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The horrors of adolescence

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When We Were Animals' offers skewed take on coming of age

There has never been a shortage of books about the rigors of adolescence. Growing up has always been hard to do, and literature reflects that. But with a preponderance of literary explorations, it becomes more and more difficult to bring new perspectives to the subject.

Joshua Gaylord's 'When We Were Animals' (Mulholland, $26) features an unconventional approach to the topic, skewing the conventions of the coming-of-age story by introducing elements of the supernatural and a Gothic sensibility into the mix. The end result is a compelling read that will likely resonate after all, what's scarier than growing up?

Lumen is a young girl living in a small Midwestern town. For the most part, she has many of the typical concerns regarding the process of growing up. It's just her and her widowed father dealing with the trials and tribulations of adolescence.

However, this unnamed town also has a secret an inexplicable darkness that both lurks beneath the surface and serves as a matter-of-fact way of life. This secret is the mark of the one true rite of passage from childhood to adulthood.

They call it 'breaching.' In this town, when young people reach a certain point a point tangentially connected to the onset of puberty they spend a year or so beholden to their baser, more animalistic instincts during each full moon. They rove in packs through the streets and forests of this sleepy town, raging ids indulging their every sensualistic and violent whim.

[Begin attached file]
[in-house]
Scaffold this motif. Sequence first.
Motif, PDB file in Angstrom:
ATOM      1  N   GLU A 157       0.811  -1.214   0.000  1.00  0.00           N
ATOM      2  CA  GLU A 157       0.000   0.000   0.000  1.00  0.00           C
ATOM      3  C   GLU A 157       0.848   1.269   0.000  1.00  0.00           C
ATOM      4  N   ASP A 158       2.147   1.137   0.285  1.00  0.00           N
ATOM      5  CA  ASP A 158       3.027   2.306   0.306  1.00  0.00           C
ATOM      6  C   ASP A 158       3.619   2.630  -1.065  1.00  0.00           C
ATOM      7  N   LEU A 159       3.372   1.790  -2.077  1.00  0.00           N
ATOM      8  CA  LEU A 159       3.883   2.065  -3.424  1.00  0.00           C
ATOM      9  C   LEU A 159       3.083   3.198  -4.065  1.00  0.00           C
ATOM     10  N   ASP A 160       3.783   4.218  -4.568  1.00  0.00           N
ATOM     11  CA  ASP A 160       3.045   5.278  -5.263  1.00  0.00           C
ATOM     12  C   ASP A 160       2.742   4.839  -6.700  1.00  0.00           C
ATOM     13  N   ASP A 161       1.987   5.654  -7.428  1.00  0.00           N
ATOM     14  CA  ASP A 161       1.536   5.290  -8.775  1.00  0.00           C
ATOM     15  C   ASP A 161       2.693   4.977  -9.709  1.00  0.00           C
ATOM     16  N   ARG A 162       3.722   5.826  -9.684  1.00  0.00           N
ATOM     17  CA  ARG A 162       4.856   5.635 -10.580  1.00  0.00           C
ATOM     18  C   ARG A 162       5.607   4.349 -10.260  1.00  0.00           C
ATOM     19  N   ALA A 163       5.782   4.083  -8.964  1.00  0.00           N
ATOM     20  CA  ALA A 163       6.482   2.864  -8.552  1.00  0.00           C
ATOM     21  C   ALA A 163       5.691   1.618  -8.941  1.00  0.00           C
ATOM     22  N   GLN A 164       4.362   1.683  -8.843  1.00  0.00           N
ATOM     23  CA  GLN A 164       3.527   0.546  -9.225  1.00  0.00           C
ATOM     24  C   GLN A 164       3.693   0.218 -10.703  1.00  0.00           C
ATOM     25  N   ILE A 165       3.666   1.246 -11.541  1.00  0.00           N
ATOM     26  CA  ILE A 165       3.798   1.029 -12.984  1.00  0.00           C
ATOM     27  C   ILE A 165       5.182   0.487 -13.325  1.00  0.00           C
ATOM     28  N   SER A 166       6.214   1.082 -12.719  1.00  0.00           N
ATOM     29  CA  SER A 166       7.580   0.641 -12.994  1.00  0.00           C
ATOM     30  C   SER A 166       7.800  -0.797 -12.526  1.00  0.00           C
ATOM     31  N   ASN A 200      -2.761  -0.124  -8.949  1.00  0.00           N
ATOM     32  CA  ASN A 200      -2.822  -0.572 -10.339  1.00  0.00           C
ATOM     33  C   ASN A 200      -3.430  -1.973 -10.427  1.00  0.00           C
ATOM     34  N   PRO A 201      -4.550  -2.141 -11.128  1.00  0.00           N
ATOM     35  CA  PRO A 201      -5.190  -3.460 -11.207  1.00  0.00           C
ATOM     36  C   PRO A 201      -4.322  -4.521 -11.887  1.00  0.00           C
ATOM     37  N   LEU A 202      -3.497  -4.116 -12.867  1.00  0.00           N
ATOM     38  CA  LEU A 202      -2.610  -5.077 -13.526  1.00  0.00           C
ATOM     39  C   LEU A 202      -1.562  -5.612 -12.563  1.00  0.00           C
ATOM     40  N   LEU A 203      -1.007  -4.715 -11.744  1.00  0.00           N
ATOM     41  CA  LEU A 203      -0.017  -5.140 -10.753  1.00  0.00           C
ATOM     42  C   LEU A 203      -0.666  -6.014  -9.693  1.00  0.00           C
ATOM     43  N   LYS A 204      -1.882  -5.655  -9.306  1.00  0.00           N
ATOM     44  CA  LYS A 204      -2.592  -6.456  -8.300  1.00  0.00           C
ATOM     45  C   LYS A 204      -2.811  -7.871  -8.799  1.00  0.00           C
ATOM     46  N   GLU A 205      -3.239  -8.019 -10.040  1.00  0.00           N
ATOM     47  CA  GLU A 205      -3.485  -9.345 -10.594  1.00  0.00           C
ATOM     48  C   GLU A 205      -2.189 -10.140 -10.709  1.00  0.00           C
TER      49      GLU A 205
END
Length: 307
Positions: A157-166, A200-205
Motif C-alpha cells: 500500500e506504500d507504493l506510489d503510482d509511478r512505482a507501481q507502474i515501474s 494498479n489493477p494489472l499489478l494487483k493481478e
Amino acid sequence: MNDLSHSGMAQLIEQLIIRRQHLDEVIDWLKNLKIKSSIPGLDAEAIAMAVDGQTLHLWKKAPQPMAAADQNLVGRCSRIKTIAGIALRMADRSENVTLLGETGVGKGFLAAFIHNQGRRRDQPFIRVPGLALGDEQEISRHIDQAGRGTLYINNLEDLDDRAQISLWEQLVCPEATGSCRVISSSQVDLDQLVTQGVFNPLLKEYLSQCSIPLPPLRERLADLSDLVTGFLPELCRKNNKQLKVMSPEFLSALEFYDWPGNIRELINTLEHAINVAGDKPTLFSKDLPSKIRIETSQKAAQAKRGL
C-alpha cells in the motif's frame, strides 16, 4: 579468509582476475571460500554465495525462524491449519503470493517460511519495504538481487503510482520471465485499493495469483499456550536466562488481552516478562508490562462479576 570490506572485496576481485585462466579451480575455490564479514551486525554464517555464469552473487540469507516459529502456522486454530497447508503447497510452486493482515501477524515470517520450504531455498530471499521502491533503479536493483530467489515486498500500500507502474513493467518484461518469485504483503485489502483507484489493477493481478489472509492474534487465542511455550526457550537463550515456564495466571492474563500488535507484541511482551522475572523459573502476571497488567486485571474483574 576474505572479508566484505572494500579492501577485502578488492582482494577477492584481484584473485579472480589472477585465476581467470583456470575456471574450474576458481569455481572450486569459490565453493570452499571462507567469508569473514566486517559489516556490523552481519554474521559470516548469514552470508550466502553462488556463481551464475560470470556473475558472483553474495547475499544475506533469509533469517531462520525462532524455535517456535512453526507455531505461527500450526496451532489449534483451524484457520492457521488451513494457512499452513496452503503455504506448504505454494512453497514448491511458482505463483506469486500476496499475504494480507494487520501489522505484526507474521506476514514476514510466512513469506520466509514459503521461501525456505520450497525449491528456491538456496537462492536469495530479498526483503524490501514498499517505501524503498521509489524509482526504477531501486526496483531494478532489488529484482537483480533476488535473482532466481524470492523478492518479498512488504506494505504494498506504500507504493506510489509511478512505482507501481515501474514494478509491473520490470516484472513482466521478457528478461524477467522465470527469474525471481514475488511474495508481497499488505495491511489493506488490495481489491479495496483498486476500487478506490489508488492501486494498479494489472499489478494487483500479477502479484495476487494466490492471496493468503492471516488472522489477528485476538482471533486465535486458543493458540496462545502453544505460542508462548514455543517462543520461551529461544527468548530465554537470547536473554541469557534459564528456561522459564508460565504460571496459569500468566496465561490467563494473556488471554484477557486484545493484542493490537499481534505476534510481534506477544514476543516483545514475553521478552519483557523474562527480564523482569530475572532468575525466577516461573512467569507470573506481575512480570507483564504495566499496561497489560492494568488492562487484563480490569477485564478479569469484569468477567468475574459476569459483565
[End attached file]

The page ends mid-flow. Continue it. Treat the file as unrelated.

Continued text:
A now-adult Lumen with a husband and child of her own looks back on her childhood and relates her story, coming to realize just how much of the person she is now springs forth from the person that she once was. She promised her father that she would never breach; however, some promises can prove very difficult to keep.

This is a town that repeatedly lives through its own twisted Rumspringa, with every young person thrust into an existence that is filled with equal parts uncontrollable madness and exhilarating freedom. Theirs is an insular world, mistrustful of outsiders and unwaveringly accepting of their bizarre and unique condition. There is no explanation of the why behind breaching because no one ever asks for it; the fact that it is simply accepted as a way of life as 'the way things have always been' makes it all the more mysterious.

Using the thoughts of the adult Lumen to frame the experiences of the younger version makes sense, though it occasionally feels as if Adult Lumen appears at the expense of the narrative tension evoked by her expression of memory. Her presence is necessary, lending much-needed perspective to the events of the past by illustrating the oddly skewed woman that Lumen has become, but her through line is generally less engaging than the dark remembrances of her childhood.

Gaylord's prose is compulsively readable, possessed of a palpable momentum the odd time shift notwithstanding. His portrayal of the enigma of adolescence shows a good deal of understanding and empathy, regardless of the literary conventions in which it is sheathed.

At its core, 'When We Were Animals' is a funhouse-mirror look at the rigors of growing up. While its dark conceit certainly exaggerates the process, the feelings at its center ring true. The mysteries of impending adulthood; the pressure to conform to peer standards while still striving to stay true to oneself; the confusion with regards to physical and emotional changes all are here in heightened form.

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